Pastor’s Letter, July 2014
Therefore every scribe who has been trained for the kingdom of heaven is like the master of a household who brings out of his treasure what is new and what is old. (Matthew 13:52)
I am back to being a pastor again. Not that I didn’t try during our 9 week journey of Home Assignment, but for the most part I simply felt dislocated. Don’t get me wrong: we had an amazing time, and we remain so grateful to the church, to friends and family, and to our supporting congregations who made our travels possible.
Images from our trip still play in my head: the inside of a converted bus on a Minnesota farm, night-time thunderstorms outside, the kids passed out after running hard with their cousins; our campsite at City of Rocks in Idaho, Ursula scrambling up the rock, Esme, laughing one moment and then shrieking as we picked cactus spines from her little hand; the Columbia River Gorge State Park on the Washington side with its field of green grass, stately trees and clear cold water, perfect for a swim; the familiar drive into Plains, MT, past Paradise, toward the little church where a congregation began teaching me to be a pastor; St. John the Divine, the cathedral on Amsterdam and 111th, hung with Xu Bing’s Phoenix, massive, stunning; Weller Inn, our Lake-cottage-extended-family-gathering-place since 1921, its kitchen resounding in sung grace — For health and strength and daily food, we praise your name, O Lord — before 58 relatives load up their dinner plates; and congregation after congregation welcoming us with smiles, questions, prayers.
That’s just a smattering; no wonder those 9 weeks were a time of dislocation. The longest we stayed in any one spot was 6 nights, often it was 2 or 3. For at least three weeks, we slept in our tent, whether in a yard or a campground, a pretense at stability for Ursula and Esme who deserve accolades for how well they did with so much change.
I did the work of a pastor over those 9 weeks: I studied the lectionary texts each week, and preached to a new congregation (or two) every Sunday. I told stories of our global mission life and work over fellowship hall potlucks and mid-week coffee. I listened to people share their grief, their hope.
Yet something about being back in Bratislava allows me to feel I am a pastor again.
Maybe it is simply that I can now reconnect, face-to-face, with the communities for whom I have responsibility: The Bratislava International Church, down to its bare bones this time of year, but still full of people, who are treasure, new and old. And the Young Adults in Global Mission, new and old. This week, I am writing to the 7 (new) who will come in August, even as we are preparing for next week’s Sending Retreat for the 4 (old) at the end of their service commitment.
Maybe it is that our life has been so wide lately. Too wide to know what or who I am. In 3 months, we covered more breadth of miles than many human beings cover in their lives. Dipping into this congregation and then another, into one friend’s life and then another’s, quickly. Getting only a taste.
Others live lives less wide, more deep. Their feet are firmly planted on one piece of ground; they have known a town, its valleys and vertical relief, its people and joys and sorrows, through so many cycles of seasons they no longer count by years.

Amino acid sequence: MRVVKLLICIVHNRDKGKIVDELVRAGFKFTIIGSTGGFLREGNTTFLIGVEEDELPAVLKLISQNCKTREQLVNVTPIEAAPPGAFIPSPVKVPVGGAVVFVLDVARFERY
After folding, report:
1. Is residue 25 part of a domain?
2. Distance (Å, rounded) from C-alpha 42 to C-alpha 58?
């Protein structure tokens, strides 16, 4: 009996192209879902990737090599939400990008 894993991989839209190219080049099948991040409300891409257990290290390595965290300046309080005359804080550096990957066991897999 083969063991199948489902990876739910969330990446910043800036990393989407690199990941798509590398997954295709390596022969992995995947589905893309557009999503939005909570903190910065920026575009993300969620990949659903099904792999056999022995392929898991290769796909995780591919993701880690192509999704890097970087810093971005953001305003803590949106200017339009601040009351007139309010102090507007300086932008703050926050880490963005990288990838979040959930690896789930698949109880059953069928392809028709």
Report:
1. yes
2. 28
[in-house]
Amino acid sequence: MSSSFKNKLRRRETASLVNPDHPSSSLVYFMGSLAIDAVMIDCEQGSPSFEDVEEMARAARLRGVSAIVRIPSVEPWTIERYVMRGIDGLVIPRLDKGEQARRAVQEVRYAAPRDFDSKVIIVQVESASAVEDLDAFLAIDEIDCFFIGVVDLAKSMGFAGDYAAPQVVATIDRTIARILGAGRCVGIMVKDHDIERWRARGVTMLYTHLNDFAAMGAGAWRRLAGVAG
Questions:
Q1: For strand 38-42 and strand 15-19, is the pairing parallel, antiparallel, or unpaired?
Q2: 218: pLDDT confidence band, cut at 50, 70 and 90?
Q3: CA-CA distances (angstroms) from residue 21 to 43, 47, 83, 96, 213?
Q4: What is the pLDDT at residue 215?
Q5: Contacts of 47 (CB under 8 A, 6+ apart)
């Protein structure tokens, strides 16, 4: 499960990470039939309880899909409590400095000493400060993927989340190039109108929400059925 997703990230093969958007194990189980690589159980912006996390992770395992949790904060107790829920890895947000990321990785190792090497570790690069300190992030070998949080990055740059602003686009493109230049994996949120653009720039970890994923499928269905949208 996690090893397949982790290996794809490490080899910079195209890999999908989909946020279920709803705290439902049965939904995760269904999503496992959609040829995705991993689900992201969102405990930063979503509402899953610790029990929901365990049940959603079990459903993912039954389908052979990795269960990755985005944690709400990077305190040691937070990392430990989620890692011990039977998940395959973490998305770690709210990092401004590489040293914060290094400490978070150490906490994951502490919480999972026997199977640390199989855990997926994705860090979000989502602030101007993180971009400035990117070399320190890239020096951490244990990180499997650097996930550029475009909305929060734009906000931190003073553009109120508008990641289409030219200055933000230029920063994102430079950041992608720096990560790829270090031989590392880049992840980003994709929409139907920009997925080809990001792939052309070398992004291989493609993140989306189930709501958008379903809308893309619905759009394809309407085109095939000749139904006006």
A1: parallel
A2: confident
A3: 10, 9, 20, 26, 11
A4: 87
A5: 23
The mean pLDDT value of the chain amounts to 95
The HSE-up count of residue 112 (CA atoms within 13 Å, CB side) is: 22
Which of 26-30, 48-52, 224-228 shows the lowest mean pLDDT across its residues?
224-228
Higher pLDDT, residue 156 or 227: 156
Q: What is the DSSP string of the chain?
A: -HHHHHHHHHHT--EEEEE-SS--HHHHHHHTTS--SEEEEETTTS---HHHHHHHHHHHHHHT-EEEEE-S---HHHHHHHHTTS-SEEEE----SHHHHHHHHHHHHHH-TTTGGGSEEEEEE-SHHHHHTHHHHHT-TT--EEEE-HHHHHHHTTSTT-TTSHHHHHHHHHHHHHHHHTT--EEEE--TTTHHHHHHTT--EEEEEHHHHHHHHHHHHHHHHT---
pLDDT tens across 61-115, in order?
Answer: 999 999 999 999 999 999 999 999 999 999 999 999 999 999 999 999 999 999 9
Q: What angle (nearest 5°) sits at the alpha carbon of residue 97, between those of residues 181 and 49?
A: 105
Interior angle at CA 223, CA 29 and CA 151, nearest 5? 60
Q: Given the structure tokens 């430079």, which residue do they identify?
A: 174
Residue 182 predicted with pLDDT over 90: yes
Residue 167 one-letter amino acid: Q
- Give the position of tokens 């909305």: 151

Deep or wide: How do you live? Of course, this is a false dichotomy; our lives are more complex than deep or wide. Still, it seems that there is a difference between 1) the people we know, young and old – who have committed to a place, a job, a house, that tethers them, drawing them always deeper into one set of coordinates on the earth, one mysterious particularity in God’s kingdom; and 2) ourselves, and other vagabonds — if we live anywhere over 5 years, it would be a minor miracle. We travelers live wide, with loved ones here and there, passions here and there, always ready to buy a ticket or jump in the car, see something new or old in the broad spread of geography, “home” in the past or maybe “home” in the future.
I think of pastors too. The deep ones, who lived most of their pastoral lives in one place. At New Hanover Evangelical Lutheran Church in Gilberstville, PA, the Rev. John J. Kline began his pastorate in 1886 and continued till 1945. Goodness gracious. I cannot begin to comprehend how deeply he knew that assembly, through baptisms, marriages, funerals, and Sunday morning after Sunday morning.
There are the wide pastors too. Pastors who served the church in multiple roles and places – as parish and interim pastors, chaplains, teachers, spiritual directors. On a drive with my father to Dr. Martin Luther Evangelical Lutheran Church in Muskegon, MI, I heard more stories from the life of my grandfather, the Rev. Reuben Schmidt, a Missouri Synod Lutheran pastor. For multiple years, he served the District Office in St. Louis, in charge of “special” and minority community ministries. He traveled to different congregations every Sunday, guest preaching and providing leadership, support, and vision to the local pastors.
We, who know that our lives will be more wide than deep, do well to soak our feet, our bodies, deeply in the particular waters of a place when we have a few months or years. Dig deeply for the treasure hidden in this particular field. The treasure of the baptized is always and finally Christ, but his body and Spirit are manifest in unique ways in the wide expanse of this earth. We taste and drink deeply only where we are, here. We taste and drink differently when we stay awhile.